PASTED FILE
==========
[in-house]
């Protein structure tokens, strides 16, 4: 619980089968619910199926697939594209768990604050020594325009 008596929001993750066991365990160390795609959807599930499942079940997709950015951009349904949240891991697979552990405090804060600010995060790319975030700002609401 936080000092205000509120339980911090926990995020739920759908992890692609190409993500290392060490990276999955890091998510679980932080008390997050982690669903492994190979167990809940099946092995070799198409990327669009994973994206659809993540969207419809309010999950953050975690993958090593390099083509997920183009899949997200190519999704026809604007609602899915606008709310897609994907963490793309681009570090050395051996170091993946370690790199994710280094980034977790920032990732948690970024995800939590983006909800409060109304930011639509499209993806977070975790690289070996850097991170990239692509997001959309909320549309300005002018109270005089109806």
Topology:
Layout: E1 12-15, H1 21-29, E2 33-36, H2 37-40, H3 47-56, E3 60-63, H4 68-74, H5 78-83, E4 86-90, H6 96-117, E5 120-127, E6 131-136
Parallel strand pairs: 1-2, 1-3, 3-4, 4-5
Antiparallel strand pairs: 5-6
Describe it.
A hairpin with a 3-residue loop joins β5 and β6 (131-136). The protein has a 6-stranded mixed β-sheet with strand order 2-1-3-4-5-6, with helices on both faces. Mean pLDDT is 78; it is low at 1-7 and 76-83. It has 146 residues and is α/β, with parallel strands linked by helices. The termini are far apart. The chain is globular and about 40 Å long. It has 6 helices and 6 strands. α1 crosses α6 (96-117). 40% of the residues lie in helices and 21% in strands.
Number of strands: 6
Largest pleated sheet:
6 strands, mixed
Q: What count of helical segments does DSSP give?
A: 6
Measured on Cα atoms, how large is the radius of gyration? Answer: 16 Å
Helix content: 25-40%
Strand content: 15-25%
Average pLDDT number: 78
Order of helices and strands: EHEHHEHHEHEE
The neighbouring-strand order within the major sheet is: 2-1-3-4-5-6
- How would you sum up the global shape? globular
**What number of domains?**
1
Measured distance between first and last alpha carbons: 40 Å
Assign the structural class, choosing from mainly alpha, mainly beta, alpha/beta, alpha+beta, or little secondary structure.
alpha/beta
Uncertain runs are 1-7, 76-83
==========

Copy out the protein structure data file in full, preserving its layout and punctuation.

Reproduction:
[in-house]
């Protein structure tokens, strides 16, 4: 619980089968619910199926697939594209768990604050020594325009 008596929001993750066991365990160390795609959807599930499942079940997709950015951009349904949240891991697979552990405090804060600010995060790319975030700002609401 936080000092205000509120339980911090926990995020739920759908992890692609190409993500290392060490990276999955890091998510679980932080008390997050982690669903492994190979167990809940099946092995070799198409990327669009994973994206659809993540969207419809309010999950953050975690993958090593390099083509997920183009899949997200190519999704026809604007609602899915606008709310897609994907963490793309681009570090050395051996170091993946370690790199994710280094980034977790920032990732948690970024995800939590983006909800409060109304930011639509499209993806977070975790690289070996850097991170990239692509997001959309909320549309300005002018109270005089109806």
Topology:
Layout: E1 12-15, H1 21-29, E2 33-36, H2 37-40, H3 47-56, E3 60-63, H4 68-74, H5 78-83, E4 86-90, H6 96-117, E5 120-127, E6 131-136
Parallel strand pairs: 1-2, 1-3, 3-4, 4-5
Antiparallel strand pairs: 5-6
Describe it.
A hairpin with a 3-residue loop joins β5 and β6 (131-136). The protein has a 6-stranded mixed β-sheet with strand order 2-1-3-4-5-6, with helices on both faces. Mean pLDDT is 78; it is low at 1-7 and 76-83. It has 146 residues and is α/β, with parallel strands linked by helices. The termini are far apart. The chain is globular and about 40 Å long. It has 6 helices and 6 strands. α1 crosses α6 (96-117). 40% of the residues lie in helices and 21% in strands.
Number of strands: 6
Largest pleated sheet:
6 strands, mixed
Q: What count of helical segments does DSSP give?
A: 6
Measured on Cα atoms, how large is the radius of gyration? Answer: 16 Å
Helix content: 25-40%
Strand content: 15-25%
Average pLDDT number: 78
Order of helices and strands: EHEHHEHHEHEE
The neighbouring-strand order within the major sheet is: 2-1-3-4-5-6
- How would you sum up the global shape? globular
**What number of domains?**
1
Measured distance between first and last alpha carbons: 40 Å
Assign the structural class, choosing from mainly alpha, mainly beta, alpha/beta, alpha+beta, or little secondary structure.
alpha/beta
Uncertain runs are 1-7, 76-83